When operating in this type of environment, it is paramount that decisions makers are being as efficient and accurate with their resources as possible. That is where data comes into play. Most large modern day campaigns are centred around a solid foundation of data and analytics. Campaign managers use data to do everything from direct marketing resource to planning the candidates travel schedule.

Without a robust data program, campaigns rely on guesswork and political intuition, which as we can see from this cycle, gets people in trouble.

Eight years ago, the data department was viewed as the awkward nerds in the corner of the room, now data sits at the operational centre of most campaigns.

How do you use emotional and behavioural data to influence campaign decisions?

The way we target people through marketing is fundamentally flawed. Using demographic traits as blanket assumptions to influence behaviour is misleading and even somewhat dangerous. Just because a consumer or voter is between the ages of 25 to 45 and happens to be female doesn’t mean that she wants to be marketed in the same way as every female in the age bracket. It is for this reason behavioural psychology is so exciting.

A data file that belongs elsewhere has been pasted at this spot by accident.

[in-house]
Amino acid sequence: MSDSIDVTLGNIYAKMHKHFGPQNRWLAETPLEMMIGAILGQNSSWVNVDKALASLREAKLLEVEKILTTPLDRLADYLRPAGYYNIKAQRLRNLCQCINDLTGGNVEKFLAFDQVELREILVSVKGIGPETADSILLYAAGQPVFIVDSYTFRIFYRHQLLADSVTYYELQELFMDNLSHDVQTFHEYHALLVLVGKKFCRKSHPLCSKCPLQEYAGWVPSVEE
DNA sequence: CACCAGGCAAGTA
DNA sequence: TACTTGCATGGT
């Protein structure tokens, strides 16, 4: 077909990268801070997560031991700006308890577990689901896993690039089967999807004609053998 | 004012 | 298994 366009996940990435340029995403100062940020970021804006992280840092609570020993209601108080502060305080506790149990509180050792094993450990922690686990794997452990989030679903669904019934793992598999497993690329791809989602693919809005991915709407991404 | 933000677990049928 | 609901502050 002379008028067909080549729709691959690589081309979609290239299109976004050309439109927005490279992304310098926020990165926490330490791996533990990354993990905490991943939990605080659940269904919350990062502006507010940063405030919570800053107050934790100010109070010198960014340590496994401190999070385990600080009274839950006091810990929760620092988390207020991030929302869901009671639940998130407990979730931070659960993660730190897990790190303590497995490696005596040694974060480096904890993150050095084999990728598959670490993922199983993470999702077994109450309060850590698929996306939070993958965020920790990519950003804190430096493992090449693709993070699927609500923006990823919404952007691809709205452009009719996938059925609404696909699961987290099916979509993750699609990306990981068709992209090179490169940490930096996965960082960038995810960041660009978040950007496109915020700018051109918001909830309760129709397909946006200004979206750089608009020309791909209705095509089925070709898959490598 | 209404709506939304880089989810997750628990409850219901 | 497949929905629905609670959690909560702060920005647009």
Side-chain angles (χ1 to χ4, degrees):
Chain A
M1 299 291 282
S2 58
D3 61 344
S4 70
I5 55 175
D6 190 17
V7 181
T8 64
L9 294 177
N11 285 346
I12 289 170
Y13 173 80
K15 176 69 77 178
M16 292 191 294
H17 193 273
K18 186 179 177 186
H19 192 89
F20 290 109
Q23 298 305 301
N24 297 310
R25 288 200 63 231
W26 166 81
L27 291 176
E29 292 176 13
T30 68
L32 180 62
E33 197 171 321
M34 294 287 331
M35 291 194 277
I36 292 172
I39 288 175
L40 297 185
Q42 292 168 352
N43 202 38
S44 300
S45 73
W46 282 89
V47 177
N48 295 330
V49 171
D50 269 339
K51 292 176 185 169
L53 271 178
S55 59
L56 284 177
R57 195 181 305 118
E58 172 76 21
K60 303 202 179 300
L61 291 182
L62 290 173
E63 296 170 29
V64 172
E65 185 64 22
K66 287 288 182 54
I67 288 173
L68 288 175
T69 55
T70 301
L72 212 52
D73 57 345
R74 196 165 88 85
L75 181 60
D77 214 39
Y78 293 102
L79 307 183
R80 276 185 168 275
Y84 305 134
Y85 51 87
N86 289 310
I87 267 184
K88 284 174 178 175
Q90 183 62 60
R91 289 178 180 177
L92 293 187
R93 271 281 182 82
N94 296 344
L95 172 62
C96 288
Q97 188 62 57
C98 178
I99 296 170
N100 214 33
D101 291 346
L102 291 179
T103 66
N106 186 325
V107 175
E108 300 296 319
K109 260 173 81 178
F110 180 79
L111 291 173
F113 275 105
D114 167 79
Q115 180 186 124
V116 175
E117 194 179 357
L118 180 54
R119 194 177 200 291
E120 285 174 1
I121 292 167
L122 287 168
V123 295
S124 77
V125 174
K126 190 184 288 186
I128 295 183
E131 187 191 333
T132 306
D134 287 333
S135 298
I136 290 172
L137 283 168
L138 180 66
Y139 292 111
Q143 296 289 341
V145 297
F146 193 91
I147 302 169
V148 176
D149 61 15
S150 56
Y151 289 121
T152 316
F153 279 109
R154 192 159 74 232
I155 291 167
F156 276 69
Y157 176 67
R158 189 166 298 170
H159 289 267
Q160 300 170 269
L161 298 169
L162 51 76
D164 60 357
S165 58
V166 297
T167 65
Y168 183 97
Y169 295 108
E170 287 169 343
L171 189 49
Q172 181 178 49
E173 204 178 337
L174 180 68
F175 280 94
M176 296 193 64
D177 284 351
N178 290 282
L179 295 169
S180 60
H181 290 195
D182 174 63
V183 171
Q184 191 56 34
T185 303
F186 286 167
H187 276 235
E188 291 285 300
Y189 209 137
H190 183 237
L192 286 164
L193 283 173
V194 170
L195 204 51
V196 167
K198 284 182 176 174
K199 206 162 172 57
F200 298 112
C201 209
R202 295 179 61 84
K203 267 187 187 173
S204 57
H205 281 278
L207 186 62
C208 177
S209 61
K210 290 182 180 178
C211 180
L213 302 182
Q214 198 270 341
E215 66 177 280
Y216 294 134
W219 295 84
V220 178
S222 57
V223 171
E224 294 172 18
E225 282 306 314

We aim to understand and measure each individual's underlying personality traits to better spur them to action through communication that actually applies to them. Understanding if someone is a timid introvert vs. an open extrovert allows us to craft marketing and communications programs around true scientific evidence that is proven to motivate people, while having a more personalised experience for the end user.

On political campaigns, this helps us better understand tonality in messaging, issue preference, and even influence speechwriting.

Cambridge Analytica were at the forefront of two of the most surprising and controversial political campaign outcomes of the decade (Brexit and Trump). What do you think allows you (CA) to swing and influence voters?

At our core, Cambridge Analytica is a data science company. We do not fancy ourselves political pundits or policy wonks. This is important to note because we always let the data speak for itself. In the case of races like Brexit, or the Trump Campaign, our role was to provide the campaigns with a scientific approach to understanding the electorate without the shiny gloss of political opinion.

With that said, we are a firm with decades of experience in the political space and know how to align our offering specifically to campaigns. Our ability to trust in the data, understand the trends that others may not see, and develop programs that are vetted by some of the brightest scientists in the world sets us apart from the traditional political approach.

Catch Matt Oczkowski at ADMA’s Data Day 2017 on 3 April (Sydney) and 5 April (Melbourne). For more information on program details and to reserve your place, visit  Data Day 2017.

Need more info?